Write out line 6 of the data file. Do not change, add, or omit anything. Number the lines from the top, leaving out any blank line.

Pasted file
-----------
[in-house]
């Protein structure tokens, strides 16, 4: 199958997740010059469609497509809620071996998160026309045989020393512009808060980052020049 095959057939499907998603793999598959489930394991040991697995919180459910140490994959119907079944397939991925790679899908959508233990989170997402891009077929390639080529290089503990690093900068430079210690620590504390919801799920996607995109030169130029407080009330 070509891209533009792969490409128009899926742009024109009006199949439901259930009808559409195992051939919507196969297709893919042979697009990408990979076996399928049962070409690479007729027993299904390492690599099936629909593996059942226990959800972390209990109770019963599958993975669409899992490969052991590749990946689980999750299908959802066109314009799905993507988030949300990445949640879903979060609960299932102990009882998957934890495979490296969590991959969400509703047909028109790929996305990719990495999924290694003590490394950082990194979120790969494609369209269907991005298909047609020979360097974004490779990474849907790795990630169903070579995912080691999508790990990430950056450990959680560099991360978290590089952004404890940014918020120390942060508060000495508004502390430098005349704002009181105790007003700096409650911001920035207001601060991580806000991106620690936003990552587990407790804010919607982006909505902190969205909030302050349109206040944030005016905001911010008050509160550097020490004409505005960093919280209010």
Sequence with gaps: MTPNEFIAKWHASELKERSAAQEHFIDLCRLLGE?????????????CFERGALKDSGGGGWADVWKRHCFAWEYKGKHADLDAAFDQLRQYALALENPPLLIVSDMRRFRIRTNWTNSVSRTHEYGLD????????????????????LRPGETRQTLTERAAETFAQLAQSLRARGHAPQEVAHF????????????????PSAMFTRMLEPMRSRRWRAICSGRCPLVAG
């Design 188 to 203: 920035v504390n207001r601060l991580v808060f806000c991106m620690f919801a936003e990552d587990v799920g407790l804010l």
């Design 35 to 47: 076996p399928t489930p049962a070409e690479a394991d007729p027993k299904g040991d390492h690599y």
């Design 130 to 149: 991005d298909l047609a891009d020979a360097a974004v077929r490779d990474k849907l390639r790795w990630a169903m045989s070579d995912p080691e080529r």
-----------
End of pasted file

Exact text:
């Design 130 to 149: 991005d298909l047609a891009d020979a360097a974004v077929r490779d990474k849907l390639r790795w990630a169903m045989s070579d995912p080691e080529r």